The recent shocking and devastating fire at the Notre Dame Cathedral in Paris was a strong reminder that nothing lasts forever. The Cathedral, of course, will be rebuilt, but to those who have never laid eyes on the iconic church in the French capital, they know they will never see the actual historical structure. It will be a reconstructed version. Sans the nearly-300-foot legendary spire.
This catastrophe made me consider other wonders some may never see. Whether it’s a sudden change like a fire, a hurricane, or a tornado, or a long-term process like years of erosion, many wonders, both natural and man-made, can cease to exist before we get the chance to marvel at them. In fact, as we order the items on our bucket lists, time and Mother Nature may already be fanning the flames over some natural wonders.
The truth is glaciers, volcanoes, rock formations, canyons, rivers, waterfalls, etc. all really are at risk of being reconstructed versions of themselves. We’ve learned time and again nothing lasts forever.
Take “The Sentinel,” an iconic hoodoo in Bryce Canyon National Park. This natural landmark succumbed to multiple freeze-thaw cycles and finally buckled in 2016. The Sentinel was a familiar site at Bryce that stood about ten stories high and seemed to touch the brilliant blue sky that always hung above the orange-colored canyon. When I look at my older pictures that show the Sentinel versus the more recent pictures that do not, the change is stark. Something is clearly missing, and the canyon just isn’t the same without its spiral protector. It saddens me that visitors today will never know the same landscape.
Glaciers are certainly at risk of receding or even of becoming extinct! It’s common to see a headline in the travel industry that goes something like this: If You’d Like to See a Glacier in Glacier National Park, Go Now! The message seems urgent, and it’s understandable. According to the National Park Service website, when the park was formed in 1910, over 100 glaciers were present. Fast forward to 2019, and only about 26 remain. The startling prediction now is they’ll all be gone by 2030. I was lucky to hike amongst these glaciers, but I wonder if future generations will get that same experience. Sadly, at this rate, it seems unlikely.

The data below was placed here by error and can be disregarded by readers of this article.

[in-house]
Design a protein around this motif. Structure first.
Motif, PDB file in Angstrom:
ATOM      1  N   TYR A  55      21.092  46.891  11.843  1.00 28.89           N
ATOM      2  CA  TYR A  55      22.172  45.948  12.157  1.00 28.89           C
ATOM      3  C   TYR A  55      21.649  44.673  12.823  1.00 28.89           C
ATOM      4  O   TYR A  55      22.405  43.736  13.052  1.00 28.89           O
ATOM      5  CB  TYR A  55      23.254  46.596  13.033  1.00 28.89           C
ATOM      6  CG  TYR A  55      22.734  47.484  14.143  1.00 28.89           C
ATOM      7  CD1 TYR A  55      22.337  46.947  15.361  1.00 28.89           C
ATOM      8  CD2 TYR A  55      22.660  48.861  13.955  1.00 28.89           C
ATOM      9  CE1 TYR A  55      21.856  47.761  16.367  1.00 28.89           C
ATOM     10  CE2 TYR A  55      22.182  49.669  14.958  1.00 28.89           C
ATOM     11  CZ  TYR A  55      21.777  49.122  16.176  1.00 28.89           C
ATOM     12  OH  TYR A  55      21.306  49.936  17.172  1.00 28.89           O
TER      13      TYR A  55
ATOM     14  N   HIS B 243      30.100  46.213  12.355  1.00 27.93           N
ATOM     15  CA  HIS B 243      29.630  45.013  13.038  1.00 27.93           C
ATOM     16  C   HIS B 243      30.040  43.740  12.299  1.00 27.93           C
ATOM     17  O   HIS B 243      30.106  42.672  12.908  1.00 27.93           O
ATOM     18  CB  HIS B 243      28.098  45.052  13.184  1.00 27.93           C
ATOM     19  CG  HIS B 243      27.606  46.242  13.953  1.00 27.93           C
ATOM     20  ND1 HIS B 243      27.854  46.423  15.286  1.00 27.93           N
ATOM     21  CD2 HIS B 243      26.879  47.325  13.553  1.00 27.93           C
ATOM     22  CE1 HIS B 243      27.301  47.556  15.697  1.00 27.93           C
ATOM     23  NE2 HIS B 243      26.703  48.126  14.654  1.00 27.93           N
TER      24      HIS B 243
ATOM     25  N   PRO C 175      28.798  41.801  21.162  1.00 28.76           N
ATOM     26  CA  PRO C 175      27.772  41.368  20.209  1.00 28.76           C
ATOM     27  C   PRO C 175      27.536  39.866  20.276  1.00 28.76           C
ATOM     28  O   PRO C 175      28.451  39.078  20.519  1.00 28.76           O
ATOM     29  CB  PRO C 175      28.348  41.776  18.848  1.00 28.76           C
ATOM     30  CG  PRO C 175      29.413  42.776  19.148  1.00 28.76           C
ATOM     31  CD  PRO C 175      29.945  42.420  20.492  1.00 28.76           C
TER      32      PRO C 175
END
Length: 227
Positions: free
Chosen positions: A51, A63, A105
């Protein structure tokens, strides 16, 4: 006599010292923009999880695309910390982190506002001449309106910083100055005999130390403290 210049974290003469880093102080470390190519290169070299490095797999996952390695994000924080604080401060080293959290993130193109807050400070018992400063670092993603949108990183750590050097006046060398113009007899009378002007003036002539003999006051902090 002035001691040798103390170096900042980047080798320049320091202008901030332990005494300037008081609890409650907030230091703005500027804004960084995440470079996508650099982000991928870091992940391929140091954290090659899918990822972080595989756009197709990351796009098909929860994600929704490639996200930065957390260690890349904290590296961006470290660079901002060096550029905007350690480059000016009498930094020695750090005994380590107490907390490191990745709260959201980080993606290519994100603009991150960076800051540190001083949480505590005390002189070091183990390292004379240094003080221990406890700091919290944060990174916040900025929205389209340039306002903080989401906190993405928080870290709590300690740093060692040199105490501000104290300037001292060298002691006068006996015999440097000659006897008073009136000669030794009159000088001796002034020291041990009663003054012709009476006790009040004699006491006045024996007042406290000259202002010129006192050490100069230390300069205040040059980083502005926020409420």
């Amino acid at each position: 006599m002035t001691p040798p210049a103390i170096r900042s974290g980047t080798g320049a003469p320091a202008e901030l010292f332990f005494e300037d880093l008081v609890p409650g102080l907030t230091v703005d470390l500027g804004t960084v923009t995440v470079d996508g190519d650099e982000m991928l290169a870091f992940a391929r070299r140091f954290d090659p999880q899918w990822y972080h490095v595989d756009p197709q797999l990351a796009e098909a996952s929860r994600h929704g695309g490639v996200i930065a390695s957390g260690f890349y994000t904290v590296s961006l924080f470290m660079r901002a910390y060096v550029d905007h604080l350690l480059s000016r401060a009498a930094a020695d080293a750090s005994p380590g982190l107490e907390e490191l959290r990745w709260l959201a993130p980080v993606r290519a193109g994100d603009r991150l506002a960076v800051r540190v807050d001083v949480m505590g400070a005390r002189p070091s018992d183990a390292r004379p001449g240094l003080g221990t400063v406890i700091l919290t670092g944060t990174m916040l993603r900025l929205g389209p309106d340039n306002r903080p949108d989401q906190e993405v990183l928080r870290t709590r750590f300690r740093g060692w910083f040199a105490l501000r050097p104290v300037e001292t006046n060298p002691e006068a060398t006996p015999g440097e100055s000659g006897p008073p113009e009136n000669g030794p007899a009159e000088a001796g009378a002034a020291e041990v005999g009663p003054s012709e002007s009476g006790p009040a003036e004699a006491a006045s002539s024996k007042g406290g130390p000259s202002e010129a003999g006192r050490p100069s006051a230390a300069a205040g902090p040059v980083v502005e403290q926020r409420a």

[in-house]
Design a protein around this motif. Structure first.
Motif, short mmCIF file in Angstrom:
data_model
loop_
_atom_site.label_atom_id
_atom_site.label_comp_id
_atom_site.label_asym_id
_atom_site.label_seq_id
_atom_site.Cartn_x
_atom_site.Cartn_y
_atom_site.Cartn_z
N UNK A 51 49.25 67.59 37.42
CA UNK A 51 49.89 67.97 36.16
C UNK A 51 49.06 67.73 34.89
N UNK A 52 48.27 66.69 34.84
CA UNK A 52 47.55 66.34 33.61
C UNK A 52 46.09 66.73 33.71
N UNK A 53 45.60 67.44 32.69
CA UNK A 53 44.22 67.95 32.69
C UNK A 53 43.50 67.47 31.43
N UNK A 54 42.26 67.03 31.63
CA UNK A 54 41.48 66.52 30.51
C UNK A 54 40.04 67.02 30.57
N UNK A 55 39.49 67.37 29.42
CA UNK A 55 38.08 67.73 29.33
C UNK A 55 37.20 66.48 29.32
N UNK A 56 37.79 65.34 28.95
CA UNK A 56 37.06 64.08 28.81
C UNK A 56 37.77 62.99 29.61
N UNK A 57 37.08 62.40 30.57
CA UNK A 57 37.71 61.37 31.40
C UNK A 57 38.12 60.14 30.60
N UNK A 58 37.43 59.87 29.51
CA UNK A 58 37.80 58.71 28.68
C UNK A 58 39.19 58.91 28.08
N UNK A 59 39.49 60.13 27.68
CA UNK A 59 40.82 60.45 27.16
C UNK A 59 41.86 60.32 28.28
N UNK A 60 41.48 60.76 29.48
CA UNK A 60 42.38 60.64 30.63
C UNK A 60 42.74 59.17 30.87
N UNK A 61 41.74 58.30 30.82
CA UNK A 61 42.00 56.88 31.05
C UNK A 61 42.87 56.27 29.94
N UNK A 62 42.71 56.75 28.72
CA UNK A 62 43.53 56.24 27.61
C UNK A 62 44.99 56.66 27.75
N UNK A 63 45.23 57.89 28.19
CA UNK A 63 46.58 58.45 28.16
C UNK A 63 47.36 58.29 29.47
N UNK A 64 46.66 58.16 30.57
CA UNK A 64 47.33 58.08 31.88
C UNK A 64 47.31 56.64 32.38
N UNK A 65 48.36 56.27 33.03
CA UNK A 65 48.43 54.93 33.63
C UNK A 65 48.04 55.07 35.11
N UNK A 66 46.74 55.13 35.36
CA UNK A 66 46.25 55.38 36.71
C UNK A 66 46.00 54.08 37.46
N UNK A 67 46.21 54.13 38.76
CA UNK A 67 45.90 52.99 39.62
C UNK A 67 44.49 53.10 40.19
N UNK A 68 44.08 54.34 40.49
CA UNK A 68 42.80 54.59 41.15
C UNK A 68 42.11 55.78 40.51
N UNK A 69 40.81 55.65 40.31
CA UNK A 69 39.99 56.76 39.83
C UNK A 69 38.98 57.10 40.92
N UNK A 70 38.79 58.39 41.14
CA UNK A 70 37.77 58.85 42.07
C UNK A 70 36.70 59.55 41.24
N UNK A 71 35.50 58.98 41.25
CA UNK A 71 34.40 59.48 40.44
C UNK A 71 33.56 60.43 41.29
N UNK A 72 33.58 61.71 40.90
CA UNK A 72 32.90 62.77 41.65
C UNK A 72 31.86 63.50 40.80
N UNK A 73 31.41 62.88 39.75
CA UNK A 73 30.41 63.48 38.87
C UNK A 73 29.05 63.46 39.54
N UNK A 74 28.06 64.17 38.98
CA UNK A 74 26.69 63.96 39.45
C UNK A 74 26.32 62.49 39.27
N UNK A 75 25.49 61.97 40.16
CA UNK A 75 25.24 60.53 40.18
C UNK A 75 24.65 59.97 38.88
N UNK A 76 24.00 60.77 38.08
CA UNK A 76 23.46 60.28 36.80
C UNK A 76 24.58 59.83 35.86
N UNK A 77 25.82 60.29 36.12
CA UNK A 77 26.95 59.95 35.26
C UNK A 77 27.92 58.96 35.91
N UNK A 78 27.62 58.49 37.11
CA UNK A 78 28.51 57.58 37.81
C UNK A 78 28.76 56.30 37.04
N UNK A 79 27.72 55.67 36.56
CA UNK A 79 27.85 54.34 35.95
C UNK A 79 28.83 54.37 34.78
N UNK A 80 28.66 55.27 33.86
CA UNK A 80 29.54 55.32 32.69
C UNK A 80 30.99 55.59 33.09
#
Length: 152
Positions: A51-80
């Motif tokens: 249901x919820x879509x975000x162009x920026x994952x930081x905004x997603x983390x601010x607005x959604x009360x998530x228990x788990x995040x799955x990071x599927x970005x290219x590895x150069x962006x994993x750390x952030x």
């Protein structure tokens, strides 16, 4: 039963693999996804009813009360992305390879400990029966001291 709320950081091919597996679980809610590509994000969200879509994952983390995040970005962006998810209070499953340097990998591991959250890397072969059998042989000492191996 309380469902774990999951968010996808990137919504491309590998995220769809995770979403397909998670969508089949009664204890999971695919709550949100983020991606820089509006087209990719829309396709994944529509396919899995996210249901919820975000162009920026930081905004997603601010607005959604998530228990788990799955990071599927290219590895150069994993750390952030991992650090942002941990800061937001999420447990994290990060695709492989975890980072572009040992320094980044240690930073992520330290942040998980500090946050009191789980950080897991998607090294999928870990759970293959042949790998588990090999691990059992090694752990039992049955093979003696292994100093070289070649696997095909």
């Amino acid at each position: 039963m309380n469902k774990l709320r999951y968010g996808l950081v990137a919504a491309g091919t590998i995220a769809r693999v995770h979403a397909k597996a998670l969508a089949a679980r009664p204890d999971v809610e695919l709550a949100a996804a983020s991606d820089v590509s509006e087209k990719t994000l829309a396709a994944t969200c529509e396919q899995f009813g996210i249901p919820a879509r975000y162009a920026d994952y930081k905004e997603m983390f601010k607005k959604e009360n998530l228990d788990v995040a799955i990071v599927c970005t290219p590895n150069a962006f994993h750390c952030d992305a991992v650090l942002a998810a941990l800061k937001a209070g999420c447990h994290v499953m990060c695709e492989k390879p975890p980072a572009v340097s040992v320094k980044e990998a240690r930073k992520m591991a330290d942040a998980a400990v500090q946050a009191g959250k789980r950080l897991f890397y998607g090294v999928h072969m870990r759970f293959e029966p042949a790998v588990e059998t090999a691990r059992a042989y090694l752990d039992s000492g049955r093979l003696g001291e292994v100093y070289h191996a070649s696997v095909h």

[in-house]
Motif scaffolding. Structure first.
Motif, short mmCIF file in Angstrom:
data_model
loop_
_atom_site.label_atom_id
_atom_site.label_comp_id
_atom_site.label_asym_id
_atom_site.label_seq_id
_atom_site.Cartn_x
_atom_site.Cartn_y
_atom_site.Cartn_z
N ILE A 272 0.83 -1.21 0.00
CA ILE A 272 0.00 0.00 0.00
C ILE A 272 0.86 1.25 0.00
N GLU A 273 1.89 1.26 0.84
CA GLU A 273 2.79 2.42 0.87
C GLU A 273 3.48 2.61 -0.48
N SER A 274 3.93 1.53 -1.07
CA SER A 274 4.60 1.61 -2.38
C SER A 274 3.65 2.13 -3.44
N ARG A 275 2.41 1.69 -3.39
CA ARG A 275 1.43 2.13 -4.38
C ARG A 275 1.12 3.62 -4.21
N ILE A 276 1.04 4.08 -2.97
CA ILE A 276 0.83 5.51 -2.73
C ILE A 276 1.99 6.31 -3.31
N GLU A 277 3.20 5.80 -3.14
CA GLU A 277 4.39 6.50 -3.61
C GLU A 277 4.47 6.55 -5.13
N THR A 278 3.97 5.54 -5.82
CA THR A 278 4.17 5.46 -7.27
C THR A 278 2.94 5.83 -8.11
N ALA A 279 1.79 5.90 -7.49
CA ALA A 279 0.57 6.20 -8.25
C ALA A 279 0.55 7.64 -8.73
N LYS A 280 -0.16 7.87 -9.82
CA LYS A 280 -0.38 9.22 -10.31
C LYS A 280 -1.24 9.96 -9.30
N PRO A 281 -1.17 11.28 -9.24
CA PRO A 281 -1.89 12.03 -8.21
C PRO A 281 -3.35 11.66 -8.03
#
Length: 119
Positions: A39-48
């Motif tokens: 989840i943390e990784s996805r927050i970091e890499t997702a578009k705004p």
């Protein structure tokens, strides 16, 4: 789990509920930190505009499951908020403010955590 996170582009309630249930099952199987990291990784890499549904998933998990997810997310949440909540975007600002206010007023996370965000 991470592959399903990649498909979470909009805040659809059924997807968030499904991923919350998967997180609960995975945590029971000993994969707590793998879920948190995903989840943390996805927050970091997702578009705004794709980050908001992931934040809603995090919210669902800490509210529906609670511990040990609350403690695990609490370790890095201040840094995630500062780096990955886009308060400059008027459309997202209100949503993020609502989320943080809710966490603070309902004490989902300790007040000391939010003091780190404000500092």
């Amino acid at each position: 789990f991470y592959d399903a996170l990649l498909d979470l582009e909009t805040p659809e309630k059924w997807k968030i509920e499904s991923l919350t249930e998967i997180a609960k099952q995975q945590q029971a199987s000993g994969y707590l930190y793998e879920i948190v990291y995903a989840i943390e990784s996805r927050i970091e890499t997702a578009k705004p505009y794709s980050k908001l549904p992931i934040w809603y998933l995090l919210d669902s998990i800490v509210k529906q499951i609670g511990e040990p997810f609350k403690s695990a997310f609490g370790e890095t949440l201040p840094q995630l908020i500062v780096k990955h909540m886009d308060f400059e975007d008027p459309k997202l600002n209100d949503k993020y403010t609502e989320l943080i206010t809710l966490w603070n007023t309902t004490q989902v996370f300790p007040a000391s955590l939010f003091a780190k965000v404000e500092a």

It’s not just glaciers that are disappearing either. Lakes and rivers, especially out west, are now miniature versions of themselves. Hit by a long-standing drought, recognizable waterways such as the Colorado River and Lake Mead are now, well, unrecognizable from years past. The water levels are at historic lows, and because of that, the landscapes surrounding them are also forever changed. If one did not visit these natural landscapes earlier, the opportunity, like the waters in the canyon, has dried up.
Changes in wildlife are also occurring, and consequently, the environments that house our wild critters are changing as well. Everglades National Park is probably visited mostly to see the birds and the reptiles, and not the mammals, but it’s important to note that because of the non-native, invasive Burmese Pythons now slithering through the park, the mammal population is quickly becoming extinct. These unwelcome predatory guests, on average, have dropped the raccoon, opossum, and bobcat populations by about 95%, and the rabbits and foxes have sadly disappeared. Yet another changing landscape is underway. Those that visit the Everglades today, aren’t viewing the same Everglades as just a few years ago. The environment will probably adapt and change, and eventually, will become a reconstructed version of its greater self.
There are so many natural wonders to see. It’s easy to pretend “they’ve been there for generations and they’ll always be,” but we cannot bank on that. Sure, erosion doesn’t happen overnight, but some of these natural landscapes have been fighting the stages of erosion for millions of years. I shudder to think of a Utah without the Delicate Arch. I cringe to imagine a desert with a flattened Monument Valley. I can’t imagine a Yosemite with dried up falls. I wince at the thought that the world’s longest-known cave, Mammoth Cave in Kentucky, could one day collapse. And I worry that the Yellowstone geysers will one day dry up and cease to erupt.
Yet, all of these are possibilities. Real possibilities. So, all I can do is encourage people – including myself – to go see them NOW! Don’t wait. Visit the glaciers, the geysers, the rivers and the swamps. Hike through the canyons and the caves and the hoodoos. Remember, nothing lasts forever. Experience as much as you can before reconstruction sets in.